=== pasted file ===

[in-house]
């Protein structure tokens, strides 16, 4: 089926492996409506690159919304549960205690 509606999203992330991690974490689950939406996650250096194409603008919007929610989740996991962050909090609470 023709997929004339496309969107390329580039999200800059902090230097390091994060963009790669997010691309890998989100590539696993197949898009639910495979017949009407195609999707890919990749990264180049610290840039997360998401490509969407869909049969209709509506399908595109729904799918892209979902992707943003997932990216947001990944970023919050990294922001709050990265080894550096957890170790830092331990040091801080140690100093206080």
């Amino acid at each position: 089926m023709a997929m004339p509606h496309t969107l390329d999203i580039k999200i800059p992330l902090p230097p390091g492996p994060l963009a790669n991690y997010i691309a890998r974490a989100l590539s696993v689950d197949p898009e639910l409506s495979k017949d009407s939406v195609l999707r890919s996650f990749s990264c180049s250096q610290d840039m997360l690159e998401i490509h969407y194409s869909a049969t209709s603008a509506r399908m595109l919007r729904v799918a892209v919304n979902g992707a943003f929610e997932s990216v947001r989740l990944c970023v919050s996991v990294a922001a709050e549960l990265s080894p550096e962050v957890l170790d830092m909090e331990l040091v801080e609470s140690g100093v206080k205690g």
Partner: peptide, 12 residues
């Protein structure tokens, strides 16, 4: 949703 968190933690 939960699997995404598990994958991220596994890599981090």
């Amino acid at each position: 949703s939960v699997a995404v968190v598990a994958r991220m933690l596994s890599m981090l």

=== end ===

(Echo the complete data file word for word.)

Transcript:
[in-house]
């Protein structure tokens, strides 16, 4: 089926492996409506690159919304549960205690 509606999203992330991690974490689950939406996650250096194409603008919007929610989740996991962050909090609470 023709997929004339496309969107390329580039999200800059902090230097390091994060963009790669997010691309890998989100590539696993197949898009639910495979017949009407195609999707890919990749990264180049610290840039997360998401490509969407869909049969209709509506399908595109729904799918892209979902992707943003997932990216947001990944970023919050990294922001709050990265080894550096957890170790830092331990040091801080140690100093206080």
């Amino acid at each position: 089926m023709a997929m004339p509606h496309t969107l390329d999203i580039k999200i800059p992330l902090p230097p390091g492996p994060l963009a790669n991690y997010i691309a890998r974490a989100l590539s696993v689950d197949p898009e639910l409506s495979k017949d009407s939406v195609l999707r890919s996650f990749s990264c180049s250096q610290d840039m997360l690159e998401i490509h969407y194409s869909a049969t209709s603008a509506r399908m595109l919007r729904v799918a892209v919304n979902g992707a943003f929610e997932s990216v947001r989740l990944c970023v919050s996991v990294a922001a709050e549960l990265s080894p550096e962050v957890l170790d830092m909090e331990l040091v801080e609470s140690g100093v206080k205690g």
Partner: peptide, 12 residues
């Protein structure tokens, strides 16, 4: 949703 968190933690 939960699997995404598990994958991220596994890599981090």
């Amino acid at each position: 949703s939960v699997a995404v968190v598990a994958r991220m933690l596994s890599m981090l």